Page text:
Gender specified clothing is inherently segregative. So how ironic that when John Lewis announced that they will be removing 'Girls' and 'Boys' labels from childrenswear, suddenly the country became divided instead.
Stipulating what is appropriate to wear according to your sex is the 'norm'. It's been that way for one hell of a long time, too. After generations of kids being herded into a gender mould, John Lewis has become the first British store to let them choose whatever they like for themselves.
The glimpses we have been granted into the newest range of childrenswear at the department store present colourful, fun and crisp modern designs suitable for all. This initiative to move past gender confinement and towards individual expression has earned the praise of many parents and individuals across the UK who have taken to social media platforms to express their joy.
Campaign groups such as Let Clothes Be Clothes said: "It's fantastic news and we hope other shops and online retailers will now move in the same direction."
Let Toys be Toys added: "To us, this is a simple common sense move."
Just one scroll through Twitter and it's evident that a large proportion of the general public seem hopeful and positive about the changes. London Pride recently praised the news and hundreds of everyday users have also all publicly congratulated the store for listening to the voices raising questions about systematic gender roles.
Others have gushed over the collection itself, particularly the dress scattered with pastel dinosaur animations at the forefront of the campaign. Because so many of us grew up when dresses weren't available in dino print and probably still want one.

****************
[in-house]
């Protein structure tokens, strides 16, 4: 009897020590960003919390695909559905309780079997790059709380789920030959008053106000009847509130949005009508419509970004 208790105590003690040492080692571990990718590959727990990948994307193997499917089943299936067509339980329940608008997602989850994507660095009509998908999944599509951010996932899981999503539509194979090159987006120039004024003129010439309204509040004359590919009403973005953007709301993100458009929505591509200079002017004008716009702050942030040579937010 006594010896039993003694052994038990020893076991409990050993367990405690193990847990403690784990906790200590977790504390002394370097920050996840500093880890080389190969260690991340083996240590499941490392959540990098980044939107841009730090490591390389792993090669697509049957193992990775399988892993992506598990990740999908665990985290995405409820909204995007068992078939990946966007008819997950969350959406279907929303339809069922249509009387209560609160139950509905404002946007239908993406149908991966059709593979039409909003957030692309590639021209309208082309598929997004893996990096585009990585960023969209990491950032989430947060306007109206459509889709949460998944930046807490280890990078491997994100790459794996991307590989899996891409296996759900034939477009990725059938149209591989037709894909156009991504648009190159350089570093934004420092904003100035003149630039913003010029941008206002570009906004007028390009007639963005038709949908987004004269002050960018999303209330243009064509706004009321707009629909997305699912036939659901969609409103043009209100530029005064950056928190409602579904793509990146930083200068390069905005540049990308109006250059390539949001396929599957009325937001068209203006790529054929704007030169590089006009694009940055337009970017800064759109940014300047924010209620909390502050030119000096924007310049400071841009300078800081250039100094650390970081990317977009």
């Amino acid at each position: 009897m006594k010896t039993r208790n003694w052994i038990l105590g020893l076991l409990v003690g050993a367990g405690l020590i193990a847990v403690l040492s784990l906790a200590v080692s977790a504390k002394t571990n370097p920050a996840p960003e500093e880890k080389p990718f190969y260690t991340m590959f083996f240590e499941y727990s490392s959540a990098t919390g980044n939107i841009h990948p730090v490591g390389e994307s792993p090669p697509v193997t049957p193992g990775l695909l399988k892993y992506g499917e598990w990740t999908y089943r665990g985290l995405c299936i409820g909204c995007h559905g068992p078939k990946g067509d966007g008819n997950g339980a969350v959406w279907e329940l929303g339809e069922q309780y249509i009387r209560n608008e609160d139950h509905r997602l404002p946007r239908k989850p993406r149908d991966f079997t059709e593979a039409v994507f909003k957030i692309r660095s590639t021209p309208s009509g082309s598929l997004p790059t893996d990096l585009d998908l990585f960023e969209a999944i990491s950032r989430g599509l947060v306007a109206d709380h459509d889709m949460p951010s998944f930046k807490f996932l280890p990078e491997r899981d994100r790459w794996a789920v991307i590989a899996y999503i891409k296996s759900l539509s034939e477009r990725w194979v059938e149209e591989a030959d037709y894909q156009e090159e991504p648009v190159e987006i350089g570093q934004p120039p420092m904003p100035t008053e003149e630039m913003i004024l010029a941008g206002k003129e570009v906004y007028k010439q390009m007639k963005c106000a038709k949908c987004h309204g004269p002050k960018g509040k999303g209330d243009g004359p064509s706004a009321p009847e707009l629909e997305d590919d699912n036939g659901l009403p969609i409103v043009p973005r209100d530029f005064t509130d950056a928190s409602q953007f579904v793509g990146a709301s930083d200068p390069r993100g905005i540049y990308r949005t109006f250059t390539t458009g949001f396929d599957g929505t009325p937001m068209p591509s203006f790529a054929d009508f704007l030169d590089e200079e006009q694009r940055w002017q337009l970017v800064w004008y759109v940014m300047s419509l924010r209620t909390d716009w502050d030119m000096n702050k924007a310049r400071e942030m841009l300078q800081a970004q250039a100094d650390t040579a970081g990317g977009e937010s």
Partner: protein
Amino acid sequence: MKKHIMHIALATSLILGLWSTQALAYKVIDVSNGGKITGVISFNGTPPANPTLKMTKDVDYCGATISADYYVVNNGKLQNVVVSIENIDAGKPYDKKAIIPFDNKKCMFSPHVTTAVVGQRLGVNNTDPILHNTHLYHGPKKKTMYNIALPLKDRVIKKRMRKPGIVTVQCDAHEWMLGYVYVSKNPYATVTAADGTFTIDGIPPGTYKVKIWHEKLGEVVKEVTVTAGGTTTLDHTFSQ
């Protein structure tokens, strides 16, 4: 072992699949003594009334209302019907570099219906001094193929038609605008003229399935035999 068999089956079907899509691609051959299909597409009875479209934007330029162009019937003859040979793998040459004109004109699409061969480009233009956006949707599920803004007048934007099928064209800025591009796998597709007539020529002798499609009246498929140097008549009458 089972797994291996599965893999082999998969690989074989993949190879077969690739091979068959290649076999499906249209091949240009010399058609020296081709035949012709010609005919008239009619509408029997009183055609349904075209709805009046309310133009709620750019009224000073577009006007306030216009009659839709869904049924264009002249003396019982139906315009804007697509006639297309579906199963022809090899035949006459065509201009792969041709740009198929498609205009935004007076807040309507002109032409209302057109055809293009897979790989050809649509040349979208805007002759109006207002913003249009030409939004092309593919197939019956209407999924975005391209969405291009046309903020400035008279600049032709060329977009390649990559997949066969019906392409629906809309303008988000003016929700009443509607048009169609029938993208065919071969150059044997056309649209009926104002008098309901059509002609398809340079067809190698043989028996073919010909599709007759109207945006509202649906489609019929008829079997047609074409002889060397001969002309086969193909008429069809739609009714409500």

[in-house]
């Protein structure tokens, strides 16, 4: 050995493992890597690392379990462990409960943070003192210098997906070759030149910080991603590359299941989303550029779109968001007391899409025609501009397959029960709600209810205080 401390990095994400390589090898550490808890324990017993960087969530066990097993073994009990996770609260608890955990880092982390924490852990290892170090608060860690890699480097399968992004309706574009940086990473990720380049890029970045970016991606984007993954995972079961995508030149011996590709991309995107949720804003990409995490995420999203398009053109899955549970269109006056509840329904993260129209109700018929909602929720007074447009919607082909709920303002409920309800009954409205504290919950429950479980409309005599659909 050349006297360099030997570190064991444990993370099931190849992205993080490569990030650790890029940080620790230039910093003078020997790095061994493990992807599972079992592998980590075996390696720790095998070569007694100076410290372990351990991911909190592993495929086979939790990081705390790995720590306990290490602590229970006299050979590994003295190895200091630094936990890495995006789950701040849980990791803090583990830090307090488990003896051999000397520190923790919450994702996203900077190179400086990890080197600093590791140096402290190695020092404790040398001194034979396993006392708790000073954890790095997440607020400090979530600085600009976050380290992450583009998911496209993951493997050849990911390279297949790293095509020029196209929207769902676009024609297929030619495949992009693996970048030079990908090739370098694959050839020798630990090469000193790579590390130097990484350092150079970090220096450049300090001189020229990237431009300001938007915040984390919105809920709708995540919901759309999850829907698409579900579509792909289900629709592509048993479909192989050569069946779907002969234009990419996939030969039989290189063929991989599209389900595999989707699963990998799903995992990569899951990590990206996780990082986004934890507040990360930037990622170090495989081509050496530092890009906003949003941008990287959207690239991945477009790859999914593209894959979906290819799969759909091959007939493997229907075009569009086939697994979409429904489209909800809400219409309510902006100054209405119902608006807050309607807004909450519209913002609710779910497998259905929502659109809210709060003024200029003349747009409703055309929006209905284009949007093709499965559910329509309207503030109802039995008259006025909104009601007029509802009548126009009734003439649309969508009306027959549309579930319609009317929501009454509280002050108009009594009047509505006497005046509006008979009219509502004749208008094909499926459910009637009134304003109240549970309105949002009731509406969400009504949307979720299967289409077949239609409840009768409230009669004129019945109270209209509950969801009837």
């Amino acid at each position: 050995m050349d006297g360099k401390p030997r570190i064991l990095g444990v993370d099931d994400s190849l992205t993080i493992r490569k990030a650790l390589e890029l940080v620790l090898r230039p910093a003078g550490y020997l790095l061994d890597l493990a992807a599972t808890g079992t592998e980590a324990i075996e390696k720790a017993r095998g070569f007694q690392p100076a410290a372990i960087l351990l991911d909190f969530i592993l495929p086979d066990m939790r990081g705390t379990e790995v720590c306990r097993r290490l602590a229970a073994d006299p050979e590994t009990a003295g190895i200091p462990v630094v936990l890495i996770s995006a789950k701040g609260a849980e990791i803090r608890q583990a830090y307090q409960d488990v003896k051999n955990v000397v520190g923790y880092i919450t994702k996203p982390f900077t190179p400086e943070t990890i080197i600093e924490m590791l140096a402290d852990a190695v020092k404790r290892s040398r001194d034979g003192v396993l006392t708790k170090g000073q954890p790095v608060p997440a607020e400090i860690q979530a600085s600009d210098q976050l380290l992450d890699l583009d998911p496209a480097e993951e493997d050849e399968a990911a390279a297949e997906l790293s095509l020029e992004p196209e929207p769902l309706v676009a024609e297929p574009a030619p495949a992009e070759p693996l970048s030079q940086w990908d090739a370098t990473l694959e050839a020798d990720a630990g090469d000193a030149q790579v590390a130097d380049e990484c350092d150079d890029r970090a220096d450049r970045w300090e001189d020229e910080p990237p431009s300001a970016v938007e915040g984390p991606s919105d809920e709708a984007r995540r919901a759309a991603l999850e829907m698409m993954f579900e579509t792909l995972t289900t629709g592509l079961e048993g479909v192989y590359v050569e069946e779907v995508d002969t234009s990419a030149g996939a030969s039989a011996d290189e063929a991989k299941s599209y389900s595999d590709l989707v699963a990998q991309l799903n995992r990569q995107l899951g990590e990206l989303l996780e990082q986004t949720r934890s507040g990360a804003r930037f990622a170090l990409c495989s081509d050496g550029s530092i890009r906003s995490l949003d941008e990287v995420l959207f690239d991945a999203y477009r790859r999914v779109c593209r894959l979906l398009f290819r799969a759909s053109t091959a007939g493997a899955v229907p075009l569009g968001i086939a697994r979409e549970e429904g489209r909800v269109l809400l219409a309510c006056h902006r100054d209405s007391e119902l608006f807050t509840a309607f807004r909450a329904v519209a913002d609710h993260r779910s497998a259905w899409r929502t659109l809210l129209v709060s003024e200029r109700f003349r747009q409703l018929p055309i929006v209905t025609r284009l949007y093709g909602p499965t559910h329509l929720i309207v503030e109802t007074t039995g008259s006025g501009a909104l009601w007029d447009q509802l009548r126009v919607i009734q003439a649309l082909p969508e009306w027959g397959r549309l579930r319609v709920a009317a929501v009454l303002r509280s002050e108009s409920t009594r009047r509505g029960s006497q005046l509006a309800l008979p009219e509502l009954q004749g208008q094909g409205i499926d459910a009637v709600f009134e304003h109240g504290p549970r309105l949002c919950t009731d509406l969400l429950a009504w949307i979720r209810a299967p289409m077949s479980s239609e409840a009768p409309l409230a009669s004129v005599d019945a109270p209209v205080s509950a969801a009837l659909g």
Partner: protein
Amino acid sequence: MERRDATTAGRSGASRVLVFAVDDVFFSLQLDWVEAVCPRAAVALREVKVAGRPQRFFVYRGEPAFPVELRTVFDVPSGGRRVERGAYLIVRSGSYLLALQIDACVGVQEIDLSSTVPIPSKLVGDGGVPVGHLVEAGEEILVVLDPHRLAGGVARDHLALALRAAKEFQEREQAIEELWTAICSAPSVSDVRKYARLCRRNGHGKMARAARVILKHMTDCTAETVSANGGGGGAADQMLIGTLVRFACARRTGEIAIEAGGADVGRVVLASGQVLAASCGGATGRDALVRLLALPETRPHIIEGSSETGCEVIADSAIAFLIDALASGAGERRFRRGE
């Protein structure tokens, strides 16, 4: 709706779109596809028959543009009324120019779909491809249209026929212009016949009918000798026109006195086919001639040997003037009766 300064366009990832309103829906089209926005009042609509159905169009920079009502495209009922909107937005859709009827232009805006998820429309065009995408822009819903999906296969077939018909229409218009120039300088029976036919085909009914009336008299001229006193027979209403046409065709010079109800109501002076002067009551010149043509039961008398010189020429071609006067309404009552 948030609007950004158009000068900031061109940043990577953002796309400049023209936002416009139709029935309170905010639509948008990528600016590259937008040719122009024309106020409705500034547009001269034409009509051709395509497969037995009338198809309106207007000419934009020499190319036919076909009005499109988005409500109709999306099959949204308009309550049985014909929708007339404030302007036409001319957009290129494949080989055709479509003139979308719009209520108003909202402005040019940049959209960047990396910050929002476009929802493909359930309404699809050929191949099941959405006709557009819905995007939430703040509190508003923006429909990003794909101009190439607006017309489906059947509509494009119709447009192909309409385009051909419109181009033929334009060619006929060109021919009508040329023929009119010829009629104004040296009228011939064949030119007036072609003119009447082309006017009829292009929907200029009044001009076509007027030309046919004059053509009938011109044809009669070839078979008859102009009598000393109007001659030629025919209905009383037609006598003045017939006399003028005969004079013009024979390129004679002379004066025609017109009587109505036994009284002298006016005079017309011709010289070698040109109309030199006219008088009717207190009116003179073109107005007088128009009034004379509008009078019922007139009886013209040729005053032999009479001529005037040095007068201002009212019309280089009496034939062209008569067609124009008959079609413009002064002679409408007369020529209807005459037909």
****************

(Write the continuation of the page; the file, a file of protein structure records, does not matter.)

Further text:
Despite receiving much widespread praise, John Lewis has also been faced with angry customers. Social conservatives everywhere have been blowing their lid over the changes, provoking the question to how the notion of boys wearing pink and girls playing with space ship toys could be so divisive?
Piers Morgan was (of course) one of those grossly offended by the prospect of genderless children's clothing. Kicking off the backlash, he declares that "Britain is officially going bonkers" to the dismal tune of 9,200 retweets and 22,000 favourites. Sigh.
Michael Heaver also slammed John Lewis and their new approach to childrenswear as (and I quote!) "extremely creepy". Allison Pearson advised the department store to "quit getting down with the kids" in a muddled Telegraph opinion piece where she confusedly seems to draw a direct parallel between gender-neutrality and transgenderism.
Unfortunately for this opposition however, this is a conversation that will only keep growing as children get the chance to decide what they like for themselves.
With a well-respected department store such as John Lewis shedding gendered labels and slogans, the nation is a step closer to a wider spread integration of a more gender neutral approach to children's 'suitable' interests.
The collection will include spaceships, toy soldiers and, of course, dinosaurs. The only missing component seems to be the incorporation of items that would usually be considered 'girly' or pink, for both boys and girls to enjoy. Maybe when we get that, the children of Generation Z can hop aboard our Millennial pink trend and keep it alive ∼ forever ∼.
For now, though, all that's left to say is good job to John Lewis for being the first to recognise how important it is to let children have the freedom to choose who they want to be for themselves.
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Originally posted on Wednesday 6th September 2017 on my personal blog Bleach.Suggest a correction